Supreme Court of the United States
No. 14-593 3/30/15
Does a satellite-based monitoring system via an ankle bracelet fitted on a sex offender constitute a search under the Fourth Amendment?
Yes. Whether the search is reasonable is a question to be resolved on a case-by-case basis. Read the opinion.
This is a short per curiam opinion, so it was not intended to establish any new or significant holding of the Court. All that the Court held was that a tracking device placed upon a defendant is a search. In that respect, the holding was nothing more than an application of United States v. Jones, 132 S.Ct. 945 (2012). The Court did not hold that such a device required a warrant or that it was unreasonable under the Fourth Amendment. When confronted with a claim that electronic monitoring was unreasonable when applied to someone like a probationer or parolee, you should use caselaw on the reasonableness of such searches. See Samson v. California, 547 U.S. 843 (2006); United States v. Knights, 534 U.S. 112 (2001); Griffin v. Wisconsin, 483 U.S. 868 (1987); Ex parte Gingell, 842 S.W.2d 284 (Tex. Crim. App. 1992). But above all, do not let defense counsel or a trial judge misinterpret what the Supreme Court held in this case.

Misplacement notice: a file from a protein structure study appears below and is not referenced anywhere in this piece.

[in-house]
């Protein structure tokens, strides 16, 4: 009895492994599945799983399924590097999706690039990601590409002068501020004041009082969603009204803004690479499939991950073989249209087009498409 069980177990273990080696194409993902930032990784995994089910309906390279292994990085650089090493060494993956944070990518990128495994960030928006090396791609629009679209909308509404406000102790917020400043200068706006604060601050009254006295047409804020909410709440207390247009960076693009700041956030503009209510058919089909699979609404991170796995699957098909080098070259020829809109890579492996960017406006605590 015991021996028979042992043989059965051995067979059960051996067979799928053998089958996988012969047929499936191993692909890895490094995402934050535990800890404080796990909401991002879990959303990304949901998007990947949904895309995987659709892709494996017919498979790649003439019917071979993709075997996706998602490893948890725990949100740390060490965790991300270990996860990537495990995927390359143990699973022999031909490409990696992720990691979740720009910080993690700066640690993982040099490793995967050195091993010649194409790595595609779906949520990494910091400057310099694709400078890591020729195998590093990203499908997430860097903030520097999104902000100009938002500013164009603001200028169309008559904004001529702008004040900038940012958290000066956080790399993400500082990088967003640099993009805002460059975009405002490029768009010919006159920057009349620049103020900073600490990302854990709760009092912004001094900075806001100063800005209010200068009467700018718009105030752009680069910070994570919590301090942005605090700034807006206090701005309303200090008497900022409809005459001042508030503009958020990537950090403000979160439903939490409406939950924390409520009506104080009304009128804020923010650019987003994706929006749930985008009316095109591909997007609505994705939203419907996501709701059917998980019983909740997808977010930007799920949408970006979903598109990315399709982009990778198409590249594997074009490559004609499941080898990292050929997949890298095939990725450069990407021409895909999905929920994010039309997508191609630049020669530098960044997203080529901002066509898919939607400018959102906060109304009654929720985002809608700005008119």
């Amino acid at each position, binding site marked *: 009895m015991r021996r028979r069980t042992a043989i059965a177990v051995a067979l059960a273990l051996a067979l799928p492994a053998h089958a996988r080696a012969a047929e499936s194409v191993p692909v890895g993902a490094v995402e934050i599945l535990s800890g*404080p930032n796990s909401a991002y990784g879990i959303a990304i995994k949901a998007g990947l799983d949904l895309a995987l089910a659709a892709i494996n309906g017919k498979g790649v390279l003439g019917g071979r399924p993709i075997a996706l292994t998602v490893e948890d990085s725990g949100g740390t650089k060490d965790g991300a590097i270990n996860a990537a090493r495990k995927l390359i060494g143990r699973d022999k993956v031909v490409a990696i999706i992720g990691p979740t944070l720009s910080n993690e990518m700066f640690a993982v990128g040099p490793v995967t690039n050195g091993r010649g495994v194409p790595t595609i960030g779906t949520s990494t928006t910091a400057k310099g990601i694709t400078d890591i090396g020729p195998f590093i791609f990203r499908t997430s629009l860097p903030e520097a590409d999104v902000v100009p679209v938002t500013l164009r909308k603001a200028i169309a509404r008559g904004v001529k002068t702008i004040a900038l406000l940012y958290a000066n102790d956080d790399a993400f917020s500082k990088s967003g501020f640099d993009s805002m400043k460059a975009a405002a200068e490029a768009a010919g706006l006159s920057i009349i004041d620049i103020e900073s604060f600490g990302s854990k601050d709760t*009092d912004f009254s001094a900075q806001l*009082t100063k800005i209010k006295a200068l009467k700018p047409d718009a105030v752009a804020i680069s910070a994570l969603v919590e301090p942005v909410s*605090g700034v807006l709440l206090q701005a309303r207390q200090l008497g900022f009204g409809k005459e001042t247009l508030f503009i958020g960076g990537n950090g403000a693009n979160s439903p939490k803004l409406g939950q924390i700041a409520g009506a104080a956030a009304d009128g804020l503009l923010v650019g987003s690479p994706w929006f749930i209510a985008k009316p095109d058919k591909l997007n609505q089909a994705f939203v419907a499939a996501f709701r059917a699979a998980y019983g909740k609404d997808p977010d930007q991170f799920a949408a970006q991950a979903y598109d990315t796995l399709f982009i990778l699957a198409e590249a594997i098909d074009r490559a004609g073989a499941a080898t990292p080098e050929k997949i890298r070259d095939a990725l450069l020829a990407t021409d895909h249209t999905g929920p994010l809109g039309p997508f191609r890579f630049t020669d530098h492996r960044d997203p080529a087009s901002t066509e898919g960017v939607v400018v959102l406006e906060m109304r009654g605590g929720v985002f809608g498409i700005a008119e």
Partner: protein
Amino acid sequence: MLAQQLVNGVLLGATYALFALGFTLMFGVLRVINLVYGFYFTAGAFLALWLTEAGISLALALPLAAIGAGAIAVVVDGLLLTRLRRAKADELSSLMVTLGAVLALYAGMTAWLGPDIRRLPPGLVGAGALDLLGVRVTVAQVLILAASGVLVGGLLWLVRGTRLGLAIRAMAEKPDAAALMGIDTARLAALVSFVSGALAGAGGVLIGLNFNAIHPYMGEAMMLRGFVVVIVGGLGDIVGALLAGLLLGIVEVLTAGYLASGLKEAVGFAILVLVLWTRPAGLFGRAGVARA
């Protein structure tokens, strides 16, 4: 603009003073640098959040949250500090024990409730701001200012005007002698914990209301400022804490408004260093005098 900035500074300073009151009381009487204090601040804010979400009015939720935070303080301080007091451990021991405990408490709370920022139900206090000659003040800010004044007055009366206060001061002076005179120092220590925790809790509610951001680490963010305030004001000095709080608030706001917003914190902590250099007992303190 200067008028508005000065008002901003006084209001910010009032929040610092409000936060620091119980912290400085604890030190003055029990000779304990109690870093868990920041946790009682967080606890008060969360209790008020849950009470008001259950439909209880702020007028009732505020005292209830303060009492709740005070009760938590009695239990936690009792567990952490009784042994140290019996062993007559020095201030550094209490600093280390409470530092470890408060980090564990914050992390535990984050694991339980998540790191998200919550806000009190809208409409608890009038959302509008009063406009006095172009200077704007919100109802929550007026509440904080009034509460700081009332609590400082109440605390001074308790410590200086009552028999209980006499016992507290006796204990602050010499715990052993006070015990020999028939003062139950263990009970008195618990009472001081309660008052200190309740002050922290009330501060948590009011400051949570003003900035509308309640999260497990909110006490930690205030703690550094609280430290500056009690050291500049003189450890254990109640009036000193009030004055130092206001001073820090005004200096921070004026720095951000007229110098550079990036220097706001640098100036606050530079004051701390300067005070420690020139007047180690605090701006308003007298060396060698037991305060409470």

Texas Courts of Appeals
No. 05-13-01010 3/25/15
In a bribery case, does the exception for political contributions found in §36.02(d) of the Election Code apply to covert, indirect transfers of money?
Yes. The definition in the Election Code does not differentiate between money that looks shifty and money that is clearly above board. Read the opinion.
The odds of your having an Election-Code-related prosecution like this are low. But if you do have such a bribery case, read this decision, especially if the defendant claims that the alleged bribery constituted a political contribution. This decision holds that the State must prove that it is not.
Office of the Attorney General
Is it appropriate for a county to reimburse all legal costs to an acquitted county commissioner? Read the request.
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